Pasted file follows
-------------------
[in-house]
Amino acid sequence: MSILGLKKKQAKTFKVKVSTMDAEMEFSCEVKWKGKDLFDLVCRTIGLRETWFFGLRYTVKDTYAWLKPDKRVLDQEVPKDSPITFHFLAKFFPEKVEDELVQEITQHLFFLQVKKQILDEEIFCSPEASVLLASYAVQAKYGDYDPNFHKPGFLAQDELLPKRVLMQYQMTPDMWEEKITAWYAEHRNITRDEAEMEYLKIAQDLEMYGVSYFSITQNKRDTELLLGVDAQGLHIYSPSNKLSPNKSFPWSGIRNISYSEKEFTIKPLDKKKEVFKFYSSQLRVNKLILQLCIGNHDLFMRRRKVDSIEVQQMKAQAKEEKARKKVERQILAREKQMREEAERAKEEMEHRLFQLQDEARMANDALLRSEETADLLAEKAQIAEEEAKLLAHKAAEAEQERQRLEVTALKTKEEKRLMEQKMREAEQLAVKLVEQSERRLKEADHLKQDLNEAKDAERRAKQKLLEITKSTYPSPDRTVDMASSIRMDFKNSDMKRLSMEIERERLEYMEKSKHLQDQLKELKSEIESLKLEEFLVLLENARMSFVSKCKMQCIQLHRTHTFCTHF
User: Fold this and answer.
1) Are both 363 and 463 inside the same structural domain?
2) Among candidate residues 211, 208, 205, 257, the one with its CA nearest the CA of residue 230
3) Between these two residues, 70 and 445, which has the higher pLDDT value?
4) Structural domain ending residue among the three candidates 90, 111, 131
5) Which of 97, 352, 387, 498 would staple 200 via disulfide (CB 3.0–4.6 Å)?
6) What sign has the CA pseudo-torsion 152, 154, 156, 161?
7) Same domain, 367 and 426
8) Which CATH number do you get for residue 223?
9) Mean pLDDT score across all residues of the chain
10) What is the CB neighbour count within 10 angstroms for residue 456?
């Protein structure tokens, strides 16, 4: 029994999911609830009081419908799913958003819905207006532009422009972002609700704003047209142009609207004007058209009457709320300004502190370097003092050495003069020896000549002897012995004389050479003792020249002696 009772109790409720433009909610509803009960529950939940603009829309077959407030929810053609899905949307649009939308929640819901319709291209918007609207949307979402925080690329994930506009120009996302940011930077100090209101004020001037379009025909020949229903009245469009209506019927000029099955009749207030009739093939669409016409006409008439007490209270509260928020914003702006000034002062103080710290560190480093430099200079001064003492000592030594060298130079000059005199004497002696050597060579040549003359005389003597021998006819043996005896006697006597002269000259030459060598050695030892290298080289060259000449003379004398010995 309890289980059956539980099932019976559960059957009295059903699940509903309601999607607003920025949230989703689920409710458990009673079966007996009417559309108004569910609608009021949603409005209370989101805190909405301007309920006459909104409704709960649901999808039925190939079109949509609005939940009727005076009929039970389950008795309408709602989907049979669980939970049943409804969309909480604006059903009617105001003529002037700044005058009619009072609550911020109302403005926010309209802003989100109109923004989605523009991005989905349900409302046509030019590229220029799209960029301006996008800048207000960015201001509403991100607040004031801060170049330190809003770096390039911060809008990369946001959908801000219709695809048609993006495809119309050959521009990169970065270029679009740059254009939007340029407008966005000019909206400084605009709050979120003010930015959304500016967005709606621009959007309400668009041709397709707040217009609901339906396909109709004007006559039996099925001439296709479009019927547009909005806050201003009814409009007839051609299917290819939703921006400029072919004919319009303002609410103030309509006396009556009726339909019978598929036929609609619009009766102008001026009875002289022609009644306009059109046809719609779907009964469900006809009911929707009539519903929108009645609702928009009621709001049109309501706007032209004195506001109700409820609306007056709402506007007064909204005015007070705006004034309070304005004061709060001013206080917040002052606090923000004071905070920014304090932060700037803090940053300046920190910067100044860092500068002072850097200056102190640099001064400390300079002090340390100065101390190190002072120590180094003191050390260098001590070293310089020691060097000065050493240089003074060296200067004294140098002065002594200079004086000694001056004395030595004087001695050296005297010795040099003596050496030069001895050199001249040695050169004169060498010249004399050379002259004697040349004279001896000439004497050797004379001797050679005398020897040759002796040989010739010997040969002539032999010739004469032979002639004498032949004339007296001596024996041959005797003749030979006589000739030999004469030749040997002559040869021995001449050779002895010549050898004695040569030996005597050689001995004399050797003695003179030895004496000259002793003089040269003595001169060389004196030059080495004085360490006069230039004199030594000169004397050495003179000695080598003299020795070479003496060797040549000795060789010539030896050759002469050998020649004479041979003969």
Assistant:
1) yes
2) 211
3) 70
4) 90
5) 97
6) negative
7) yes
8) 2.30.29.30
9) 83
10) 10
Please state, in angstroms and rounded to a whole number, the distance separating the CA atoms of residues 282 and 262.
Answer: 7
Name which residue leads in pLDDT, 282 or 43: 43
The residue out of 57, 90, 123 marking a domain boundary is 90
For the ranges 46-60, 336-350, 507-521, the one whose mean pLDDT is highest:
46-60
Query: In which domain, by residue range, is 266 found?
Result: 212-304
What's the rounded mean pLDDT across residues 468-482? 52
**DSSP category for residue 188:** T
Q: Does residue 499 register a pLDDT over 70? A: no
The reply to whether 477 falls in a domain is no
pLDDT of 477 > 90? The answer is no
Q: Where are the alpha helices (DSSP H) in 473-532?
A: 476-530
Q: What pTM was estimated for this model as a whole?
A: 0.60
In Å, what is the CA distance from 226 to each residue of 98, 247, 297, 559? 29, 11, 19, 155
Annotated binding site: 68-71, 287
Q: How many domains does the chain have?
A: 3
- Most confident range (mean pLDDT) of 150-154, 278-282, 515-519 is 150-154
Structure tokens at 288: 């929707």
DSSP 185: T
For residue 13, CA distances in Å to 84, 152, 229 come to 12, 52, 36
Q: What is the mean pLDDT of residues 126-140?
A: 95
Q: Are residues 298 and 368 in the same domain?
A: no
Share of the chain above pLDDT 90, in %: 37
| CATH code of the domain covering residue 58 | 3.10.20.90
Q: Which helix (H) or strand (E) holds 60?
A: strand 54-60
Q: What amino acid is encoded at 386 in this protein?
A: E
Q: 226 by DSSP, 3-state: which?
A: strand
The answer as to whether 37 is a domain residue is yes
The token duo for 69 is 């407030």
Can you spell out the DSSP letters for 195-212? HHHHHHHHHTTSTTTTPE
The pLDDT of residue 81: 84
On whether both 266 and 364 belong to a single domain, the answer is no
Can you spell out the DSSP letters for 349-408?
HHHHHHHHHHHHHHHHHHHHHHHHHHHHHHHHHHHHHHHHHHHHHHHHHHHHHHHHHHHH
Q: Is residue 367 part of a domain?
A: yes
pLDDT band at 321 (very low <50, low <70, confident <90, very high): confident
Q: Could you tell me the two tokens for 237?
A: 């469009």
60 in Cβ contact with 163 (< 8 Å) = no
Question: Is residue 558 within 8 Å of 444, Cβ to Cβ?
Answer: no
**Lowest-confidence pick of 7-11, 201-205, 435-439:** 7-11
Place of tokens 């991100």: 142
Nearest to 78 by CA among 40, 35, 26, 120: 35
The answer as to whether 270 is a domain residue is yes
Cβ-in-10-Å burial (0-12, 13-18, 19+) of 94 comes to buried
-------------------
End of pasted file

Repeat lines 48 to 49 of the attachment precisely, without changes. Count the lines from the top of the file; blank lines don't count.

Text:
Structure tokens at 288: 């929707």
DSSP 185: T